45. The Court reiterates that it cannot examine legislation and policy in the abstract, its task rather being to examine the application of specific measures or policies to the facts of each individual case (see, among other authorities, Chapman v. the United Kingdom [GC], no. 27238/95, § 77, ECHR 2001-I). The Court further notes that whether or not the Mayor followed the recommendation in question in the applicant’s case (see paragraph 7 above), the Regional Court (see paragraph 14 above) and the Administrative Jurisdiction Division (see paragraph 19 above), when reviewing the Mayor’s decision, substituted their own reasoning for that of the Mayor.
46. It follows that this complaint is manifestly ill-founded and must be rejected, in accordance with Article 35 §§ 3 (a) and 4 of the Convention.
B. The applicant’s alternative complaint
47. The applicant, restating the arguments she had raised in the domestic proceedings (see paragraphs 6, 11-13 and 16-18 above), complained that the national authorities, in particular the Administrative Jurisdiction Division, had misapplied the standards developed by the Court and that in dismissing her request to be exempted from the requirement that the head be uncovered on identity photographs, no account had been taken of her forum internum. She also alleged that Pastafarianism had been disqualified as a religion on grounds not applied to other religions in similar situations.
48. She relied on Article 9 of the Convention taken alone and read in conjunction with Article 14.
1. Alleged violation of Article 9 of the Convention
49. Since it is the applicant’s case that the domestic authorities were wrong to conclude that Pastafarianism cannot be considered a religion or belief with the meaning of Article 9 of the Convention, the Court is required first to address the issue whether the applicant’s doctrine can properly be considered to be protected by Article 9 of the Convention.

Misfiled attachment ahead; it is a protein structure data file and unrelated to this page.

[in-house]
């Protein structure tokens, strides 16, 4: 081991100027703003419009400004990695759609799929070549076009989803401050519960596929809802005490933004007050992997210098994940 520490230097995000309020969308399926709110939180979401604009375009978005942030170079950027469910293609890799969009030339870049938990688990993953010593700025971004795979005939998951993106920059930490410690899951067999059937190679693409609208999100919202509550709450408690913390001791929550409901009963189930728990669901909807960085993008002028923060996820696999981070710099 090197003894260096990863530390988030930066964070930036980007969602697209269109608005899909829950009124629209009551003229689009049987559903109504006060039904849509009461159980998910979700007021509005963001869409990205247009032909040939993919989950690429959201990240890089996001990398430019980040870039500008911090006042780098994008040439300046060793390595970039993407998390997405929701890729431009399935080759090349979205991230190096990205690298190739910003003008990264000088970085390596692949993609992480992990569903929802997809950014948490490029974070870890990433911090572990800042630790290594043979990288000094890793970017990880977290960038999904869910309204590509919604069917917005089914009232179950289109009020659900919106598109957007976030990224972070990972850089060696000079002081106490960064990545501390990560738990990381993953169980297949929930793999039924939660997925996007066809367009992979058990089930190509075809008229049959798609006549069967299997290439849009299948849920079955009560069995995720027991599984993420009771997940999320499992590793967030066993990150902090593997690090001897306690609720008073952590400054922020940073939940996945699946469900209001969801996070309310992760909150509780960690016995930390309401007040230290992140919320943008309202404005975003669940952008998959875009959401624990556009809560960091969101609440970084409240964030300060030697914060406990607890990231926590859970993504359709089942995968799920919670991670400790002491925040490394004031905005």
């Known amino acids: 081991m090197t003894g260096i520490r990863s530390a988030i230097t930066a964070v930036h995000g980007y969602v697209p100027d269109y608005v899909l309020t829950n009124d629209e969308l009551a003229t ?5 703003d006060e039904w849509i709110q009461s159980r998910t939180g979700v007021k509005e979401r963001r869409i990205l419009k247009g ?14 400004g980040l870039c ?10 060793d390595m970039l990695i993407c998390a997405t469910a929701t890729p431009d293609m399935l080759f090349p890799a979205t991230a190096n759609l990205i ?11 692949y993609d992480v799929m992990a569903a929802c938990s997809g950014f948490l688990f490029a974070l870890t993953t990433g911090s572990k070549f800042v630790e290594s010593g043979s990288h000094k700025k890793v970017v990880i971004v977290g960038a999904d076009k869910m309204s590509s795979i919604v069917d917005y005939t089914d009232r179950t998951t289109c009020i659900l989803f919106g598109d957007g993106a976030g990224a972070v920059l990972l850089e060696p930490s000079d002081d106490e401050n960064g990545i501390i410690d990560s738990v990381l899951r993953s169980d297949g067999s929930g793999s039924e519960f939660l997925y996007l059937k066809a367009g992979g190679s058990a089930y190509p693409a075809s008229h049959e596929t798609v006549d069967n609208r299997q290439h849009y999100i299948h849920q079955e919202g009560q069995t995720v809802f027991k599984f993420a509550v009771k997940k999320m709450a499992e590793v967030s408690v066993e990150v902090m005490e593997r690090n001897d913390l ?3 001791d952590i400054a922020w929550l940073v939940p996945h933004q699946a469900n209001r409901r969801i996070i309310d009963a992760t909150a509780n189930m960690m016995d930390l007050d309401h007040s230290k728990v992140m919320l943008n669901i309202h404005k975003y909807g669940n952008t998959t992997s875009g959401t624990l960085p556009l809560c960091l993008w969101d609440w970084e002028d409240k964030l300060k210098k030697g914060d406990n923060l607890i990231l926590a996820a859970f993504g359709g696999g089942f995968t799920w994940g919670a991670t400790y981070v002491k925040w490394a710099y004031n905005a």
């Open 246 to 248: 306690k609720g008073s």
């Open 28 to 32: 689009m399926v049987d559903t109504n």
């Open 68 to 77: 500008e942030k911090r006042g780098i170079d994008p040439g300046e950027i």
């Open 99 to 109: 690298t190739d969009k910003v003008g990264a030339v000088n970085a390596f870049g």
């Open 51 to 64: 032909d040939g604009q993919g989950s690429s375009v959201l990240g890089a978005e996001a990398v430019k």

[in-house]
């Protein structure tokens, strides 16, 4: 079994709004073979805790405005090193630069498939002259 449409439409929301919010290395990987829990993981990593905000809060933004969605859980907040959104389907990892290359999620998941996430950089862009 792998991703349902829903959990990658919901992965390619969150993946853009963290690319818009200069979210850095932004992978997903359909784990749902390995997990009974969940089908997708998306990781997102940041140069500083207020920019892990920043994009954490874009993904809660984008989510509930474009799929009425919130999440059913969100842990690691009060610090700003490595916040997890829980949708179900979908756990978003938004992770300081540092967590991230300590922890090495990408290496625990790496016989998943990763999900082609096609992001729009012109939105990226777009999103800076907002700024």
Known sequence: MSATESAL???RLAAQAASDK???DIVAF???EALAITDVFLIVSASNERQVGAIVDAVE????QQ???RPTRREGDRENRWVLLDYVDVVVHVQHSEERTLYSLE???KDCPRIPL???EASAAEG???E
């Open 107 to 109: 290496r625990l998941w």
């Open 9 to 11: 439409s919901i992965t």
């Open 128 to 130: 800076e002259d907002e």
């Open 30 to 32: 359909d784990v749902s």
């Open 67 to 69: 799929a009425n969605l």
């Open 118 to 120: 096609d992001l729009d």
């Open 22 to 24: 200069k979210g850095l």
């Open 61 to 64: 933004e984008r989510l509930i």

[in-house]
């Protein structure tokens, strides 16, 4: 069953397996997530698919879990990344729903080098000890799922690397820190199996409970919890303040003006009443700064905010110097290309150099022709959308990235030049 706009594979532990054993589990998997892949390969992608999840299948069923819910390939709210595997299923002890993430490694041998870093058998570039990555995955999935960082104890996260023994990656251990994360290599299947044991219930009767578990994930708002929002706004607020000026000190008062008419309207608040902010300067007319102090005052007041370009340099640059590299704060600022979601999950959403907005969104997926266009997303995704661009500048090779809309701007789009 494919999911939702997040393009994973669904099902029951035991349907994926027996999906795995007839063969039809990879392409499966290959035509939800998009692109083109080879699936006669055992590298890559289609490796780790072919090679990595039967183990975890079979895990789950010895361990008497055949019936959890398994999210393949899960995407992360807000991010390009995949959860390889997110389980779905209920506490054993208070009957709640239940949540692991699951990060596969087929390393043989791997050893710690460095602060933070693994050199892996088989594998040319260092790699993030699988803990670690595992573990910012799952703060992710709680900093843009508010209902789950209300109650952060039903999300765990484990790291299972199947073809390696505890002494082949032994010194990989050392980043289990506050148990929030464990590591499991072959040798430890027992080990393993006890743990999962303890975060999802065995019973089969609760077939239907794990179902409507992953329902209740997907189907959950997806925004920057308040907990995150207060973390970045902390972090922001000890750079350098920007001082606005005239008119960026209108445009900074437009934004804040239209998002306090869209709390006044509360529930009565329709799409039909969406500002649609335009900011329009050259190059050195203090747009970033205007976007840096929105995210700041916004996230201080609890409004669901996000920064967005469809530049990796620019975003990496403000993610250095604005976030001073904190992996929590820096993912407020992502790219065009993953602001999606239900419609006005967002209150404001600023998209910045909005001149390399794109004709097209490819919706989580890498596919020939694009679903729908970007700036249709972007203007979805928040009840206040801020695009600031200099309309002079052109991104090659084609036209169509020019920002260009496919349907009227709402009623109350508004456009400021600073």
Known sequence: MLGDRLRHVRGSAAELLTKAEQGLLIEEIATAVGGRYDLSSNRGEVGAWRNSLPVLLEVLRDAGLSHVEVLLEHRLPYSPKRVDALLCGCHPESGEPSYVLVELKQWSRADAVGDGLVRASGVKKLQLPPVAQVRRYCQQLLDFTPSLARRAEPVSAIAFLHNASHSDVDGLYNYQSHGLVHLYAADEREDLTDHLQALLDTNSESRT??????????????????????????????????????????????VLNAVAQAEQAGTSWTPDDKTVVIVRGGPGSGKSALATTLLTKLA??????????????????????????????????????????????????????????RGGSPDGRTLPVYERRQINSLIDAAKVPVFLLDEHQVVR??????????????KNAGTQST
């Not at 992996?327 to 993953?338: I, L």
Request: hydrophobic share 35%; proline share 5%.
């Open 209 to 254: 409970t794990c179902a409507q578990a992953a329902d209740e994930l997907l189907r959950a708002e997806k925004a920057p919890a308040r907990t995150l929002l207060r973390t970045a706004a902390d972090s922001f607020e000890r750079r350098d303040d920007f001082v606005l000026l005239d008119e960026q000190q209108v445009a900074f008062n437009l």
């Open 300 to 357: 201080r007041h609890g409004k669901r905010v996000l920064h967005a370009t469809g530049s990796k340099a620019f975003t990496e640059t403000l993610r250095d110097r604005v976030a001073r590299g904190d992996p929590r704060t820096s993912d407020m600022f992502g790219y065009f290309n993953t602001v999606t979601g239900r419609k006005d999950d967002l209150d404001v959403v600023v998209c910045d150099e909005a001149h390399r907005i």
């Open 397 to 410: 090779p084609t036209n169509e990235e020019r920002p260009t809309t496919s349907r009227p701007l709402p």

50. The Court is mindful that the right enshrined in Article 9 would be highly theoretical and illusory if the degree of discretion granted to States allowed them to interpret the notion of religious denomination so restrictively as to deprive a non-traditional and minority form of a religion of legal protection. Such limitative definitions have a direct impact on the exercise of the right to freedom of religion and are liable to curtail the exercise of that right by denying the religious nature of a faith (see İzzettin Doğan and Others v. Turkey [GC], no. 62649/10, § 114, 26 April 2016).
51. Although the concept of “religion or belief” in the sense of being protected by Article 9 must be interpreted broadly, that does not mean that all opinions or convictions are to be regarded as such (see Pretty v. the United Kingdom, no. 2346/02, § 82, ECHR 2002‑III). The Court has held that the right to freedom of thought, conscience and religion denotes only those views that attain a certain level of cogency, seriousness, cohesion and importance. However, provided this condition is satisfied – and when it has thus been established that Article 9 applies –, the State’s duty of neutrality and impartiality is incompatible with any power on the State’s part to assess the legitimacy of religious beliefs or the ways in which those beliefs are expressed (see S.A.S. v. France [GC], no. 43835/11, § 55, ECHR 2014, and Eweida and Others v. the United Kingdom, nos. 48420/10 and 3 others, § 81, ECHR 2013, with further references).
52. Turning to the facts of the present case, the Court observes that in its assessment of the question whether Pastafarianism can be regarded as a “religion” or “belief” within the meaning of Article 9 of the Convention, the Administrative Jurisdiction Division duly applied the above-mentioned standards and noted in particular a lack of the required seriousness and cohesion (see paragraph 19 above). In addition, and while accepting that the applicant was consistent in wearing her colander out of doors, the Administrative Jurisdiction Division held that she had not demonstrated that she belonged to a Pastafarian denomination that did meet the
above-mentioned preconditions (ibid.).